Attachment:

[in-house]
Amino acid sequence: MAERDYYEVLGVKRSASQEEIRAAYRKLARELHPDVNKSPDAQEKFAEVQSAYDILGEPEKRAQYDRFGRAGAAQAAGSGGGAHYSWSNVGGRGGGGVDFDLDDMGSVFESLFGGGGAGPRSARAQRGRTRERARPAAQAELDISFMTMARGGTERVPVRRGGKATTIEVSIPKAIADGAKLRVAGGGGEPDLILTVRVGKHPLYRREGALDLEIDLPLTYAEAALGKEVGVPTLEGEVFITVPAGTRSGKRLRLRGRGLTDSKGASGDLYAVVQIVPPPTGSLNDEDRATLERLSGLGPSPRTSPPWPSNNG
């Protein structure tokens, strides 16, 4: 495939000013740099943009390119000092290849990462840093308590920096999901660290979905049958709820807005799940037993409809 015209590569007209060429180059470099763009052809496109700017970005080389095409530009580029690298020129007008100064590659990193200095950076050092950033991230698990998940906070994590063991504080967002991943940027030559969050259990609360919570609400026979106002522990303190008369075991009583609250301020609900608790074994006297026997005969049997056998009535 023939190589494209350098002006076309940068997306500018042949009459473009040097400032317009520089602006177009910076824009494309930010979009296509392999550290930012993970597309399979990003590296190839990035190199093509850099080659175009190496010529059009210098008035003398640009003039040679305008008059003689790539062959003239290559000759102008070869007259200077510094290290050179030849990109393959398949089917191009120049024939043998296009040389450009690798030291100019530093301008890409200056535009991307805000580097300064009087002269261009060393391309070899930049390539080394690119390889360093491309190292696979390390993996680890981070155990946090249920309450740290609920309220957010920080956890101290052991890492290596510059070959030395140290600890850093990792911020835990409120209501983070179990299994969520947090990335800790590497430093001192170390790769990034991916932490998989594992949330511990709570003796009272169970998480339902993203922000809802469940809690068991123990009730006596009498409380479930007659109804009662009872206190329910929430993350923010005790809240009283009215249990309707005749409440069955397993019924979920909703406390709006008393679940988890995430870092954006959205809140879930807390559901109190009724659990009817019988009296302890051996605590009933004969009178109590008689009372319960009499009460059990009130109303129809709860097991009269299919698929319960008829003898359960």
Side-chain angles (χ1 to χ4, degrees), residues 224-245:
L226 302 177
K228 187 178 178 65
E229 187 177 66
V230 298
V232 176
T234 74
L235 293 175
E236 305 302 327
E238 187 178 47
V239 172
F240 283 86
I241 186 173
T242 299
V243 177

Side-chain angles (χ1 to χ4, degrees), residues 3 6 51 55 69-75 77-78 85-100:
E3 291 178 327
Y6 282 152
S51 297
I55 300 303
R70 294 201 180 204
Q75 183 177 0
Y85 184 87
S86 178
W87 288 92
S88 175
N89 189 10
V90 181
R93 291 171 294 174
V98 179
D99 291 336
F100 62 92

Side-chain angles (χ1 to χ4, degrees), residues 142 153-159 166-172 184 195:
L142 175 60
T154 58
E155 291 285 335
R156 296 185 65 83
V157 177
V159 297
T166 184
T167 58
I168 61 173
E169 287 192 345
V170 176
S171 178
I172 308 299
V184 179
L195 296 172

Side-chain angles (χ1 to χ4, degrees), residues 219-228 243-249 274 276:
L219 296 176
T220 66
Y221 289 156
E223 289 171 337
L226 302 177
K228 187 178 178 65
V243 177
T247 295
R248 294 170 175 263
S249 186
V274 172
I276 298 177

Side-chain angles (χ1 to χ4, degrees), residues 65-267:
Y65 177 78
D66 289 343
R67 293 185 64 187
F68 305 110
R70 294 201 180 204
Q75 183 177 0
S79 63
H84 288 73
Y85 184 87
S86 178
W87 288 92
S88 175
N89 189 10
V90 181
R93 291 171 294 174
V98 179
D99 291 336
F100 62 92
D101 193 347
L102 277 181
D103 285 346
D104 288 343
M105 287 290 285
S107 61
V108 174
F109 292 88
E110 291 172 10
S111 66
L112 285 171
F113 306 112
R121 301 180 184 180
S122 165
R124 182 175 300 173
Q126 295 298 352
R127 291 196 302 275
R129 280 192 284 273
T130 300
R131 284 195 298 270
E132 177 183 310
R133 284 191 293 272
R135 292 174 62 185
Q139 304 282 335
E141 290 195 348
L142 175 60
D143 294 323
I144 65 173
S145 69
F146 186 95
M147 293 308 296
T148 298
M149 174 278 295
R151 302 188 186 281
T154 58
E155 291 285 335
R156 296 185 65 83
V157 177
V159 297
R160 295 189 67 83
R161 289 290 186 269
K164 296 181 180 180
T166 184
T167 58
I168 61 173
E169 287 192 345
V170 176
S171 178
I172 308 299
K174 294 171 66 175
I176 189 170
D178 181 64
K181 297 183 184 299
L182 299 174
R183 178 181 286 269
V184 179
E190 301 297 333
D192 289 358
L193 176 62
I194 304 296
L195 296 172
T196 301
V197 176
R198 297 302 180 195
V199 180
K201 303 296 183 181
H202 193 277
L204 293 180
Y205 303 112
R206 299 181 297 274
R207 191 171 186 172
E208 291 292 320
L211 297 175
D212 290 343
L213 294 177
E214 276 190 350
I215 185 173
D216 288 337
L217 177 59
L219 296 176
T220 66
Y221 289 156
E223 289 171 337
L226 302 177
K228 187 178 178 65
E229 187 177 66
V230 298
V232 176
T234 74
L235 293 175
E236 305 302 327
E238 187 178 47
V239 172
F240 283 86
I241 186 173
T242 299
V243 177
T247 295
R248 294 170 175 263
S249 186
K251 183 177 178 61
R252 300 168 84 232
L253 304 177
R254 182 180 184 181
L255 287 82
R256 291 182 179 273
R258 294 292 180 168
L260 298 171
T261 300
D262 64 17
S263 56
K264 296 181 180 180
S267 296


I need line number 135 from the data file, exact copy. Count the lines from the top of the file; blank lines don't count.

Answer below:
D178 181 64